Back to the future: Retro electric scooters, bicycles and mopeds

CZ electric scooter

The original ČZ Čezeta scooter was powered by a 175cc two-stroke single and its distinctive snout-like fairing earned it the nickname ‘pig’. Now, 54 years after production of the pig came to an end, scooter fanatic Neil Eamonn Smith has revived the bike as a battery powered replica.

The new Čezeta is powered by an 11 kW electric motor that can manage 74.6 mph and accelerate 60 in 3.2 seconds. If everything goes according to plan, 600 of the electric scooter will be built by hand and sold at prices starting at €7,640.

electric scooter

The rider can select one of four power settings including a reverse gear that will make backing the 147 kg scooter out of parking spots easy – even on a hill.

Most interestingly, the scooter features a throttle designed to roll forwards beyond its resting position to operate regenerative engine braking.

It seems like if commuters are to be convinced the electric bicycle is more than a toy for weekends, the answer might be to disguise it as something older, smokier and nosier. Lohner Stroler electric bikes are another example of a contemporary electric commuter disguised to look like a small motorcycle of the 1950s.

Lohner Stroler electric bicycles

A narrow tank and whitewall tyres: Every inch the 1950s motorcycle

The Lohner family has an illustrious automotive history including collaboration in 1900 with Ferdinand Porsche on the first electric car in the world. After working on aircraft construction, propeller manufacture & electric trams, Lohner has turned its attention to the electric bicycle.

Made in Austria to order, and if appearance is anything to go by to a high build quality,  it has an electric motor hidden in its back wheel, a battery under the saddle and an eight-litre storage compartment in its faux petrol tank. A full battery charge takes six hours after which it will whisk you along at 15 mph like all conventional electric bicycles.

In keeping with its motorcycle styling, the Stroler has built in mudguards and lights, but downsides includes an almost-moped like weight of 36 kg and retail price of £2,990.

Available in black, white, red, blue or silver. For more information, go to

Turn up the nostalgia

juicer 48 electric bike

Mopeds are rarely thought of as anything other than a stepping stone towards car ownership for teenagers or a death-defyingly speedy way of delivering pizza, but an appetite for good-looking electric vehicles that look good and won’t break the bank is breathing life into the low-powered, two wheeler market.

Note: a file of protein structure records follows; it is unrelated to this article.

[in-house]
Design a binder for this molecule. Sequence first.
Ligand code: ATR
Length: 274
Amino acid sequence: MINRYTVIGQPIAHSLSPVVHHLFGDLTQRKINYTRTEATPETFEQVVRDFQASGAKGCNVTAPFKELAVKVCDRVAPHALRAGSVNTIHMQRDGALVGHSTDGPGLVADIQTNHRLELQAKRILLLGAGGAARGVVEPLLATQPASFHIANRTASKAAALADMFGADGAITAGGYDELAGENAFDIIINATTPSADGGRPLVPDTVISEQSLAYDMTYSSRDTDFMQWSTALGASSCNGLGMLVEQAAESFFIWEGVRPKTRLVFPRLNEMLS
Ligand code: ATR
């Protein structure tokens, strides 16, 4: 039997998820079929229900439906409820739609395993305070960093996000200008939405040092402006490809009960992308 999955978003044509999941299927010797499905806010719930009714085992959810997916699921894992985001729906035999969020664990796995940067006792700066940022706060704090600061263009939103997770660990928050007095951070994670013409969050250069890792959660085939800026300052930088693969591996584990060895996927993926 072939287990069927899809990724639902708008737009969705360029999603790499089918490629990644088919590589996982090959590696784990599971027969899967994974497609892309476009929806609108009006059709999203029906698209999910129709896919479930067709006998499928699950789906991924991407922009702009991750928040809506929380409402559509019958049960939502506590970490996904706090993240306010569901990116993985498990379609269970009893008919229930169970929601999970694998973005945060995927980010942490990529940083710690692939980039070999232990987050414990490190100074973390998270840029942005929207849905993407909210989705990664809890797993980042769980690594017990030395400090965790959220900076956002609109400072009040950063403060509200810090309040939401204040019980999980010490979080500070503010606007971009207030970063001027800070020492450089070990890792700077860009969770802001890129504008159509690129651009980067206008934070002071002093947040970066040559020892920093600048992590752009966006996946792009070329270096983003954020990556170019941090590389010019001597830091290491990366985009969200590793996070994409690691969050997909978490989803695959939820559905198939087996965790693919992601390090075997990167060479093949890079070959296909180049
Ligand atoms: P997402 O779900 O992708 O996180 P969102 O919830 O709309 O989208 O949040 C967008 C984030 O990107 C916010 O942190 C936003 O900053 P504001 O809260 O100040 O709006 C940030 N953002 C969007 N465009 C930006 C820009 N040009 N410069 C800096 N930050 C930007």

The Juicer 48 is a custom-built electric bike and a moped in the classic sense – a low-powered motor and pedals to help get the machine moving at low speeds.

The bike has been built very deliberately with styling as a priority – its appearance borrows heavily from American motorcycles of the 1920s.

The bike can manage 13 miles at 20mph, but can reach an unrestricted top speed of 46mph.

Many electric mopeds or e-bikes are lighter and offer a better range, but unfortunately mopeds are subject to different classifications and a bewildering array of regulation depending on where you are in the world. For example, any power-assisted bicycle capable of more than 15 mph must undergo the onerous task of being registered as a motorcycle. By contrast, a good-quality road bicycle – without an electric motor – can cruise easily at 25 mph but is not subject to the same regulation.

A spokesperson for the ETA, which insures conventional and electric bicycles, said: “The promotion of electric vehicles is back to front; the government appears blind to the wider benefits of electric bicycles and mopeds that do not need the investment in technology and infrastructure required by electric cars.”

Cycle insurance for electric bicycles

On the face of it, one cycle insurance policy is much like another, but the devil is the detail. How much excess you will be charged is just one of the things that varies wildly between providers. Another is so called ‘new-for-old’ replacement – many insurers use this term, but if your bicycle is more than a few years old, devalue it severely. This means you are left out of pocket when you come to replace it.

ETA cycle insurance has a low standard excess of 5% (minimum £25) and offers a new-for-old for life – how ever old the bike, if it’s stolen you get enough to buy a new model. The policy covers electric bicycles as standard and includes a breakdown service for your bike and you that will take you up to 25 miles if you suffer a mechanical problem or puncture. Your battery is covered against theft as standard.

For over 26 years we have been providing straightforward, affordable bicycle insurance. Whether you use your bike to commute, shop, race or amble in the park, ETA Cycle Insurance has you covered. We never devalues bikes no matter their age, allow you to buy your replacement bike wherever you like, replace stolen quick release components and we handle claims in-house. Can your insurance provider say the same?